# Remote Server Setup

Setting up remote servers (staging/production) is similar to the local development setup with a couple differences.

In development, Trellis handles everything for you. It automatically creates a server (virtual machine), provisions it, and installs WordPress.

For remote servers, the workflow is a little different with two new concepts:

  • Provision
  • Deploy

# Provision

Provisioning a server means to set it up with the necessary software and configuration to run a WordPress site. For Trellis this means things like: installing MariaDB, installing Nginx, configuring Nginx, creating a database, etc.

Trellis has two main playbooks: dev.yml and server.yml. As mentioned in local development, Vagrant automatically runs the dev.yml playbook for us.

For remote servers, you provision a server via the server.yml playbook. This leaves you with a server prepared to run a WordPress site, but without the actual codebase yet.

# Deploy

In development it's easy to get your site/codebase onto the VM through synced folders. However for remote servers, we need to deploy first.

Deploys are done in Trellis by running the deploy.yml playbook. This gets your codebase onto the server by cloning it from a Git repository. It also takes cares of things like: running Composer, creating config files, reloading Nginx, etc.

# Requirements

The Trellis installation instructions skipped a few requirements because Vagrant handles them automatically for us.

To use Trellis for remote servers, we recommend installing Ansible locally on your host machine (except for Windows users).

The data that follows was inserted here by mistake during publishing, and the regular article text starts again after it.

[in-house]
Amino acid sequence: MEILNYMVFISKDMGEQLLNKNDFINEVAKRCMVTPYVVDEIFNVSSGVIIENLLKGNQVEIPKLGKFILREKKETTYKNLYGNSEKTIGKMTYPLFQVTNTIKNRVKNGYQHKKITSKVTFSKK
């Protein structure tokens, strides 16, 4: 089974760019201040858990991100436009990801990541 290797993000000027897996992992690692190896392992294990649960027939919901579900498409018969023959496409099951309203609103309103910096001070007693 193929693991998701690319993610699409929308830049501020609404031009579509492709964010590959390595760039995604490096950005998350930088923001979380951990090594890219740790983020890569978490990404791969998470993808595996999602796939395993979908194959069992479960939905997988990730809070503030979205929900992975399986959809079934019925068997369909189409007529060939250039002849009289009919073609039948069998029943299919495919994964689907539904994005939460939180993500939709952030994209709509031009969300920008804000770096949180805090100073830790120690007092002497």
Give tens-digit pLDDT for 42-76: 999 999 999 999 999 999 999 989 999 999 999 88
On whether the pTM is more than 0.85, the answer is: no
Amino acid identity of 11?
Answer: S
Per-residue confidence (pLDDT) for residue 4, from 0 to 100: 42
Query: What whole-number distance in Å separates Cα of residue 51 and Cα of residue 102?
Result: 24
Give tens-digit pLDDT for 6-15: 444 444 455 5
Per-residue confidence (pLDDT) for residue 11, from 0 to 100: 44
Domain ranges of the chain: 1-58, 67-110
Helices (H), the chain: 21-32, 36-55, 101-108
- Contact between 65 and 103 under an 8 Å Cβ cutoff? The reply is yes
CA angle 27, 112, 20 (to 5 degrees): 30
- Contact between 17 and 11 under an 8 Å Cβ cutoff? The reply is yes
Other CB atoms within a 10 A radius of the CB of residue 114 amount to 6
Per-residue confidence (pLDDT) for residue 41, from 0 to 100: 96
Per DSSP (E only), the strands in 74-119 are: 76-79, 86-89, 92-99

1. Install Ansible and other dependencies: pip install -r requirements.txt
  2. Install Galaxy roles: ansible-galaxy install -r galaxy.yml (in local trellis directory)

Then there are two additional requirements for the remote server itself:

  1. You need a server running a bare/stock version of Ubuntu 18.04 LTS (Bionic Beaver). If you're using a host such as DigitalOcean, then just select their Ubuntu 18.04 option.


Ubuntu 16.04 (Xenial) is still supported as well so you don't need to migrate yet. See #992 for details on the minor changes needed to run it.

You can't run Trellis on a shared host.

  1. You need to be able to connect to your server from your local computer via SSH. We highly suggest doing this via SSH keys so you don't have to specify a password every time. Many hosts like DigitalOcean offer to automatically add your SSH key when creating a server so take advantage of that. Or follow a guide such as this one.

Now that you have a working Ubuntu 18.04 server that you can easily SSH into, you need to configure a few things:

  1. Copy your wordpress_sites from your working development site in group_vars/development/wordpress_sites.yml to group_vars/<environment>/wordpress_sites.yml (staging or production, whichever you're setting up).
  2. Modify your site and add the necessary settings for remote servers since they have a few more settings than local development. Also see the Passwords docs.
  3. Add your server hostname to hosts/<environment> (replacing your_server_hostname).
  4. Specify public SSH keys for users in group_vars/all/users.yml. See the SSH Keys docs.
  5. Consider setting sshd_permit_root_login: false in group_vars/all/security.yml. See the Security docs.
  6. Run ansible-playbook server.yml -e env=<environment> from your local machine (Ansible connects to your remote server via SSH).

This leaves you with a provisioned server. The next step is to deploy your site.

# Re-provisioning

Re-provisioning is always assumed to be a safe operation. When you make changes to your Trellis configuration, you should provision your remote servers again to apply the changes:

$ ansible-playbook server.yml -e env=<environment>

You can also provision with specific tags to only run the relevant roles:

$ ansible-playbook server.yml -e env=<environment> --tags=users

# Resources